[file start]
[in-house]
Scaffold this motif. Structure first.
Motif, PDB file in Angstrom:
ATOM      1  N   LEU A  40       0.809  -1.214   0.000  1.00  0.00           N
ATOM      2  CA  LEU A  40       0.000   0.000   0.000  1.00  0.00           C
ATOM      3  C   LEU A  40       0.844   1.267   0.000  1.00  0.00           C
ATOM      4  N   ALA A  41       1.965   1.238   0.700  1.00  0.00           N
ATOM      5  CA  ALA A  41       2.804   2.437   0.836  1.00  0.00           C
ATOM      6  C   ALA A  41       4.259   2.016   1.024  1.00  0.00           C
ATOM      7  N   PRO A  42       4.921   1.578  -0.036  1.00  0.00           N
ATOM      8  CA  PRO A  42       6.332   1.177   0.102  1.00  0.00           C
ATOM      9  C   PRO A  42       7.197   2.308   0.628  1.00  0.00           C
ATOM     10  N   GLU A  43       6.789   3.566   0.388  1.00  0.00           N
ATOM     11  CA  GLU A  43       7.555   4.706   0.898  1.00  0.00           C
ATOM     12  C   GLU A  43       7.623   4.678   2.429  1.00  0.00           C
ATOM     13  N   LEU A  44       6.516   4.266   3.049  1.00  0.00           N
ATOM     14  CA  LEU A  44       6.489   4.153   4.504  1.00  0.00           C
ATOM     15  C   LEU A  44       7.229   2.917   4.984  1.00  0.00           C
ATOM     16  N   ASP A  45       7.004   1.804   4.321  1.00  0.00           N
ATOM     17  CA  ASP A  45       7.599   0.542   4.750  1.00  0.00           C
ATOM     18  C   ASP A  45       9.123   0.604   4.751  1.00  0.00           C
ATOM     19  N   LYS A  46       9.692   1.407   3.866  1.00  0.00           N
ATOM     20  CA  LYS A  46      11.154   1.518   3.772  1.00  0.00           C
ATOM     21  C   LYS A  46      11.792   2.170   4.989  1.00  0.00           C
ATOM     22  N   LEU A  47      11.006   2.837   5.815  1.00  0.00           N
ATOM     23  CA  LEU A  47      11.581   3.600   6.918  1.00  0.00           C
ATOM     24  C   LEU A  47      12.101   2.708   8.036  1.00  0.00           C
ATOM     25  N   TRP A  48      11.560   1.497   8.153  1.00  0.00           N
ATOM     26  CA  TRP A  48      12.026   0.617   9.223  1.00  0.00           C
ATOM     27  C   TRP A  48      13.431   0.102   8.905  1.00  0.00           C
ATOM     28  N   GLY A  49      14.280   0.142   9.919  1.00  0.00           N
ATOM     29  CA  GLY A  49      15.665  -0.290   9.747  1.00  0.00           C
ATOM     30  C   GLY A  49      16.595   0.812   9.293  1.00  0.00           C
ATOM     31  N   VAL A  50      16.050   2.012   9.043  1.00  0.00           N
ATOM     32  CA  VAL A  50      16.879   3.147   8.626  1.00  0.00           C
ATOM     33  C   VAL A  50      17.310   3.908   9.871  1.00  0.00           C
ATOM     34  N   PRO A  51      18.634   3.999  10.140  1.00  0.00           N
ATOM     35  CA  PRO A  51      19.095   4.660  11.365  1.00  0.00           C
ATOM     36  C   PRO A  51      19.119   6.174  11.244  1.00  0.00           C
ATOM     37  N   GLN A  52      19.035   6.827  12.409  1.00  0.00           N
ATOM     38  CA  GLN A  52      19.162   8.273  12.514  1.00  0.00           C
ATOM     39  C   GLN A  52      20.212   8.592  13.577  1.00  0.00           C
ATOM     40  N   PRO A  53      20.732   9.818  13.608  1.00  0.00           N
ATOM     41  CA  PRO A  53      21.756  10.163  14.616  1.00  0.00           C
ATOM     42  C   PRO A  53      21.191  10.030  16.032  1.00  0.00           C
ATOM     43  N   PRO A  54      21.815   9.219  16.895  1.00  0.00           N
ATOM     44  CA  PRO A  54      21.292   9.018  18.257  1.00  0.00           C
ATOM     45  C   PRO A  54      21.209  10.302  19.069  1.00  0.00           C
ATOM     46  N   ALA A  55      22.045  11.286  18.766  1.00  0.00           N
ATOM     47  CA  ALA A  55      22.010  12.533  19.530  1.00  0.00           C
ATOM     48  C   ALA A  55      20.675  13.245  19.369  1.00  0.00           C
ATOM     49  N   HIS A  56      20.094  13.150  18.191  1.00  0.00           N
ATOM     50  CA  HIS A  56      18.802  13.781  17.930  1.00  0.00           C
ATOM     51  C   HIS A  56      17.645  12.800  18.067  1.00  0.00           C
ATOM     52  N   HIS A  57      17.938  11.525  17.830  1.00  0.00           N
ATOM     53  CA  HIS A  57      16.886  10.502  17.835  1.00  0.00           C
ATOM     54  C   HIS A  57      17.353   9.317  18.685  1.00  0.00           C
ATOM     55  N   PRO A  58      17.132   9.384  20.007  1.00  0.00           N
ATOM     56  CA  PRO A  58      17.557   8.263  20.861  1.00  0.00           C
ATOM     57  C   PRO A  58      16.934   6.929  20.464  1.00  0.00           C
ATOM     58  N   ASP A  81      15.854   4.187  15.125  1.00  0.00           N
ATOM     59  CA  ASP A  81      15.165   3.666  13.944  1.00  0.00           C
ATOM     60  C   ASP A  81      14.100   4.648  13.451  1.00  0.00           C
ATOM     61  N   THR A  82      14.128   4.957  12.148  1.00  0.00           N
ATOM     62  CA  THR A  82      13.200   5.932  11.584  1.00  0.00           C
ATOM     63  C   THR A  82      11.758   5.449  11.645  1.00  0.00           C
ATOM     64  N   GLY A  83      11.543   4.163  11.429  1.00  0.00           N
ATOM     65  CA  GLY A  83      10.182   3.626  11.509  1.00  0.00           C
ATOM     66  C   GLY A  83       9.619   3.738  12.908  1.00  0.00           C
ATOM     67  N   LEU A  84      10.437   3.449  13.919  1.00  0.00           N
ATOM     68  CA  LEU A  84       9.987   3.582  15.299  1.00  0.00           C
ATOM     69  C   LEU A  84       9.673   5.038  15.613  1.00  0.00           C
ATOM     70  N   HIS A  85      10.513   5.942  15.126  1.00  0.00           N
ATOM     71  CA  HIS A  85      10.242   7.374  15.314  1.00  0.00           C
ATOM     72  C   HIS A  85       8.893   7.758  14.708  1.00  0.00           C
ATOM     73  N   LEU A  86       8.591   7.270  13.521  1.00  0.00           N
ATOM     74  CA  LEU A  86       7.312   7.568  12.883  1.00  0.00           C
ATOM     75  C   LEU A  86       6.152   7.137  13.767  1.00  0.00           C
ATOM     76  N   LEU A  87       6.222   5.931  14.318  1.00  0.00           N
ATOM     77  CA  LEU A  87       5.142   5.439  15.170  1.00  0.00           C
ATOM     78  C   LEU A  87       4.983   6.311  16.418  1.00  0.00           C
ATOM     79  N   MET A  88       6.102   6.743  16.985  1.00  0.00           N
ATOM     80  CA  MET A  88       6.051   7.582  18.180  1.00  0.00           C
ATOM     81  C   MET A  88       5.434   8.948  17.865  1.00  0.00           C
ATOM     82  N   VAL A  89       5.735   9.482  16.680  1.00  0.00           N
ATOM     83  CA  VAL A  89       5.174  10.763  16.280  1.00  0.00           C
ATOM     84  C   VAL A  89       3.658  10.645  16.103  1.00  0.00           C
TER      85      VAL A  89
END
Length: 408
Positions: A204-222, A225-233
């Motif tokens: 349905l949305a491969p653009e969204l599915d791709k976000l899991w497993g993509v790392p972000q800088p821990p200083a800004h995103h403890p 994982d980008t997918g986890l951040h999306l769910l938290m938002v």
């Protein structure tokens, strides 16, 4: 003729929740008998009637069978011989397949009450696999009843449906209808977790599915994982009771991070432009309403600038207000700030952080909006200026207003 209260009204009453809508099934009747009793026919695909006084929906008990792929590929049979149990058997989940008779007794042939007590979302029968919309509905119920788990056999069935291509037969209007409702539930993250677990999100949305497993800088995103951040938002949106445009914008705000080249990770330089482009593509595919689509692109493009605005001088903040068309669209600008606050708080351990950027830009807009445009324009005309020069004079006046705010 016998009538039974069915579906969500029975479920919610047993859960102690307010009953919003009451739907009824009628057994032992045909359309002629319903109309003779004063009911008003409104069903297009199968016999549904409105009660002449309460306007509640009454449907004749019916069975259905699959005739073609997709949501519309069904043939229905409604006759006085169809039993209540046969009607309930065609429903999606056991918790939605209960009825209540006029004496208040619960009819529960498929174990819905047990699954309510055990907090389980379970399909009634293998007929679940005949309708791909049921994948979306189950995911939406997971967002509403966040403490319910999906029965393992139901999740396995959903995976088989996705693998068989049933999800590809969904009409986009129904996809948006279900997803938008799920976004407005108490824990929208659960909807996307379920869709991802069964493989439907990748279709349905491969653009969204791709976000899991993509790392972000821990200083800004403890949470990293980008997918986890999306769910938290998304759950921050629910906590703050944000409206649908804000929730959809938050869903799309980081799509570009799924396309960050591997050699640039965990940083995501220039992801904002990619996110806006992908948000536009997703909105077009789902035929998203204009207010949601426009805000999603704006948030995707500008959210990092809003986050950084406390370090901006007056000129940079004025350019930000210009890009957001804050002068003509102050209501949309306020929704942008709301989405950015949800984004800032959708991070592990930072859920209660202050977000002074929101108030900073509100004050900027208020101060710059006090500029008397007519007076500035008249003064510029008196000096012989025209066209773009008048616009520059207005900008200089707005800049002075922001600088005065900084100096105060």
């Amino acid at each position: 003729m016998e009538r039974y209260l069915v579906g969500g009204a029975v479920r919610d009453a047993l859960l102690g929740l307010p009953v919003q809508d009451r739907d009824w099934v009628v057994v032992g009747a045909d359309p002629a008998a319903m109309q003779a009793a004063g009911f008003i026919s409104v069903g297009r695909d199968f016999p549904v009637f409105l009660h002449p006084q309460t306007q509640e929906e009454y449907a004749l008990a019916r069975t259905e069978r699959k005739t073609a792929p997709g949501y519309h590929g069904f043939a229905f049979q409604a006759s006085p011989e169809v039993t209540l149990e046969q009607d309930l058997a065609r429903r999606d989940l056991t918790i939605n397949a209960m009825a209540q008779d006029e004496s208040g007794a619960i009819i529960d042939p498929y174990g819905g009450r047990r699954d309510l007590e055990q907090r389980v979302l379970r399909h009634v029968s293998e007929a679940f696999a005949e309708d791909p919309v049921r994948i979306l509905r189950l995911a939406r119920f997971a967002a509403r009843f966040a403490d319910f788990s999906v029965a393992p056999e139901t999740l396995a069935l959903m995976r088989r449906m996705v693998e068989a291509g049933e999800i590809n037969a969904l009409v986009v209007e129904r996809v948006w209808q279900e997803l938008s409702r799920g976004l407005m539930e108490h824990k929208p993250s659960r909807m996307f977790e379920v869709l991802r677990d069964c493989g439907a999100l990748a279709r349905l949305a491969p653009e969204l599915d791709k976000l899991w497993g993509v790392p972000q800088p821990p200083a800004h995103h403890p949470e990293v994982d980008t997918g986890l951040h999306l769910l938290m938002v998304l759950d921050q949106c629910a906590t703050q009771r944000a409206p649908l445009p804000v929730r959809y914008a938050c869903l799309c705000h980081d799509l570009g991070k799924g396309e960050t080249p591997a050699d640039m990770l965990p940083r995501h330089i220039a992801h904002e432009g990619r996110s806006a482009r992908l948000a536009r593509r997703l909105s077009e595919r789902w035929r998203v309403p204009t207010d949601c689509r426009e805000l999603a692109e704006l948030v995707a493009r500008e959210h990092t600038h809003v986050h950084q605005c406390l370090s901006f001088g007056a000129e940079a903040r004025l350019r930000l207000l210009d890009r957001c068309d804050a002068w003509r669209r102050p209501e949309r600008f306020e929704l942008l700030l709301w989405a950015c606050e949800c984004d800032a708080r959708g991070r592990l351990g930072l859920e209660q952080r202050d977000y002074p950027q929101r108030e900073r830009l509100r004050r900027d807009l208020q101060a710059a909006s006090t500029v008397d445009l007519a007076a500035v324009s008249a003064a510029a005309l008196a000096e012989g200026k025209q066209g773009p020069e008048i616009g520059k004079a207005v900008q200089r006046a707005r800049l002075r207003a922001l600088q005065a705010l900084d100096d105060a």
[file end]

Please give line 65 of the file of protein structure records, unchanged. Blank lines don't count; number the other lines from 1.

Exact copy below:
ATOM     62  CA  THR A  82      13.200   5.932  11.584  1.00  0.00           C